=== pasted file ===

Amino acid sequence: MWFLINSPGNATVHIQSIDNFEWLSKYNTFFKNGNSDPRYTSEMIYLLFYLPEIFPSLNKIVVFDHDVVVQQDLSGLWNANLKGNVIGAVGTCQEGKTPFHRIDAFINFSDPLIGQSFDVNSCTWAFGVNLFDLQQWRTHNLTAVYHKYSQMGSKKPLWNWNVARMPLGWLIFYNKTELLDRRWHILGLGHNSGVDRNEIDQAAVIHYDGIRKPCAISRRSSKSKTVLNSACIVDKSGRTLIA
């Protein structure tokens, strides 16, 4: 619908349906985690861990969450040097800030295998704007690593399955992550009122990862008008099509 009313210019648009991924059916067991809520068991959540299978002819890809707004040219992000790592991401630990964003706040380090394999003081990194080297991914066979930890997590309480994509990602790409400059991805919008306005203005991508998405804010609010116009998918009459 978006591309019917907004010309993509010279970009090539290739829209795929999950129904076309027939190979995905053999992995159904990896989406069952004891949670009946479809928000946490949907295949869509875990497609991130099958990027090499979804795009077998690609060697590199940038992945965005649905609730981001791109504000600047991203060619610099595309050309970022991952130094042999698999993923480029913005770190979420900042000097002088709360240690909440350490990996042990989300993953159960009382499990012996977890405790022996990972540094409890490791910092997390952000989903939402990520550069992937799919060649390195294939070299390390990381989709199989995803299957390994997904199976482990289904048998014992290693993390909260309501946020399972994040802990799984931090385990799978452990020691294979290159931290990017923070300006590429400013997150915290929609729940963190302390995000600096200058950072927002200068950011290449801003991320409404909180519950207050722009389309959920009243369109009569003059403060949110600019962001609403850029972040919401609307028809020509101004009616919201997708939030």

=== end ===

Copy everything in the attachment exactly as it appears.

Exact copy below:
Amino acid sequence: MWFLINSPGNATVHIQSIDNFEWLSKYNTFFKNGNSDPRYTSEMIYLLFYLPEIFPSLNKIVVFDHDVVVQQDLSGLWNANLKGNVIGAVGTCQEGKTPFHRIDAFINFSDPLIGQSFDVNSCTWAFGVNLFDLQQWRTHNLTAVYHKYSQMGSKKPLWNWNVARMPLGWLIFYNKTELLDRRWHILGLGHNSGVDRNEIDQAAVIHYDGIRKPCAISRRSSKSKTVLNSACIVDKSGRTLIA
């Protein structure tokens, strides 16, 4: 619908349906985690861990969450040097800030295998704007690593399955992550009122990862008008099509 009313210019648009991924059916067991809520068991959540299978002819890809707004040219992000790592991401630990964003706040380090394999003081990194080297991914066979930890997590309480994509990602790409400059991805919008306005203005991508998405804010609010116009998918009459 978006591309019917907004010309993509010279970009090539290739829209795929999950129904076309027939190979995905053999992995159904990896989406069952004891949670009946479809928000946490949907295949869509875990497609991130099958990027090499979804795009077998690609060697590199940038992945965005649905609730981001791109504000600047991203060619610099595309050309970022991952130094042999698999993923480029913005770190979420900042000097002088709360240690909440350490990996042990989300993953159960009382499990012996977890405790022996990972540094409890490791910092997390952000989903939402990520550069992937799919060649390195294939070299390390990381989709199989995803299957390994997904199976482990289904048998014992290693993390909260309501946020399972994040802990799984931090385990799978452990020691294979290159931290990017923070300006590429400013997150915290929609729940963190302390995000600096200058950072927002200068950011290449801003991320409404909180519950207050722009389309959920009243369109009569003059403060949110600019962001609403850029972040919401609307028809020509101004009616919201997708939030």